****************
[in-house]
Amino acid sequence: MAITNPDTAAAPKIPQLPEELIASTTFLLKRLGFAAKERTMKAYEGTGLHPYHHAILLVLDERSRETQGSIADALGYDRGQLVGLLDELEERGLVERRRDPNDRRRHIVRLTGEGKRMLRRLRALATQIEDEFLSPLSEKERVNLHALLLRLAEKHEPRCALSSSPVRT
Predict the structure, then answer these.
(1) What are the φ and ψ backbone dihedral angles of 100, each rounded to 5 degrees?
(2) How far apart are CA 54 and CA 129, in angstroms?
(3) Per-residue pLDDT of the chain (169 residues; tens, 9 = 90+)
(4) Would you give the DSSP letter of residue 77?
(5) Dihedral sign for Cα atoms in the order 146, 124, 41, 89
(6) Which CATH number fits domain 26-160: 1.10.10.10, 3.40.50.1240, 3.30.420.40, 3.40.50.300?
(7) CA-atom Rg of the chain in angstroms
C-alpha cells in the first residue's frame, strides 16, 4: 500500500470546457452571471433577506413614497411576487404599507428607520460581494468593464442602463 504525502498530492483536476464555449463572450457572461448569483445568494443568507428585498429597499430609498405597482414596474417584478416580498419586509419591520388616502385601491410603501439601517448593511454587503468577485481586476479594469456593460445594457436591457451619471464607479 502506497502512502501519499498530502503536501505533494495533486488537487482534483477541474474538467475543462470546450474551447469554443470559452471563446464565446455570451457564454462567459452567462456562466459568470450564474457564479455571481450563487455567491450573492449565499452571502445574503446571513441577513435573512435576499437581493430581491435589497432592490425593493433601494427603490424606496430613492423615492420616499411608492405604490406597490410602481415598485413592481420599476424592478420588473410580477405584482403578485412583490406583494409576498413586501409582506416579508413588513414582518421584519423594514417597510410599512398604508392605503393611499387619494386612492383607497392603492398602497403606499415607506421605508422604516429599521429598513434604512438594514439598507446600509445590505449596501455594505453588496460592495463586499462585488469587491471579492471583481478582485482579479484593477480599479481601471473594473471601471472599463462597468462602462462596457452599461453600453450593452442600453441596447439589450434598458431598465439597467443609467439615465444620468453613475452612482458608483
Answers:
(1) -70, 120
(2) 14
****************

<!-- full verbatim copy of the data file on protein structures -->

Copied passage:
[in-house]
Amino acid sequence: MAITNPDTAAAPKIPQLPEELIASTTFLLKRLGFAAKERTMKAYEGTGLHPYHHAILLVLDERSRETQGSIADALGYDRGQLVGLLDELEERGLVERRRDPNDRRRHIVRLTGEGKRMLRRLRALATQIEDEFLSPLSEKERVNLHALLLRLAEKHEPRCALSSSPVRT
Predict the structure, then answer these.
(1) What are the φ and ψ backbone dihedral angles of 100, each rounded to 5 degrees?
(2) How far apart are CA 54 and CA 129, in angstroms?
(3) Per-residue pLDDT of the chain (169 residues; tens, 9 = 90+)
(4) Would you give the DSSP letter of residue 77?
(5) Dihedral sign for Cα atoms in the order 146, 124, 41, 89
(6) Which CATH number fits domain 26-160: 1.10.10.10, 3.40.50.1240, 3.30.420.40, 3.40.50.300?
(7) CA-atom Rg of the chain in angstroms
C-alpha cells in the first residue's frame, strides 16, 4: 500500500470546457452571471433577506413614497411576487404599507428607520460581494468593464442602463 504525502498530492483536476464555449463572450457572461448569483445568494443568507428585498429597499430609498405597482414596474417584478416580498419586509419591520388616502385601491410603501439601517448593511454587503468577485481586476479594469456593460445594457436591457451619471464607479 502506497502512502501519499498530502503536501505533494495533486488537487482534483477541474474538467475543462470546450474551447469554443470559452471563446464565446455570451457564454462567459452567462456562466459568470450564474457564479455571481450563487455567491450573492449565499452571502445574503446571513441577513435573512435576499437581493430581491435589497432592490425593493433601494427603490424606496430613492423615492420616499411608492405604490406597490410602481415598485413592481420599476424592478420588473410580477405584482403578485412583490406583494409576498413586501409582506416579508413588513414582518421584519423594514417597510410599512398604508392605503393611499387619494386612492383607497392603492398602497403606499415607506421605508422604516429599521429598513434604512438594514439598507446600509445590505449596501455594505453588496460592495463586499462585488469587491471579492471583481478582485482579479484593477480599479481601471473594473471601471472599463462597468462602462462596457452599461453600453450593452442600453441596447439589450434598458431598465439597467443609467439615465444620468453613475452612482458608483
Answers:
(1) -70, 120
(2) 14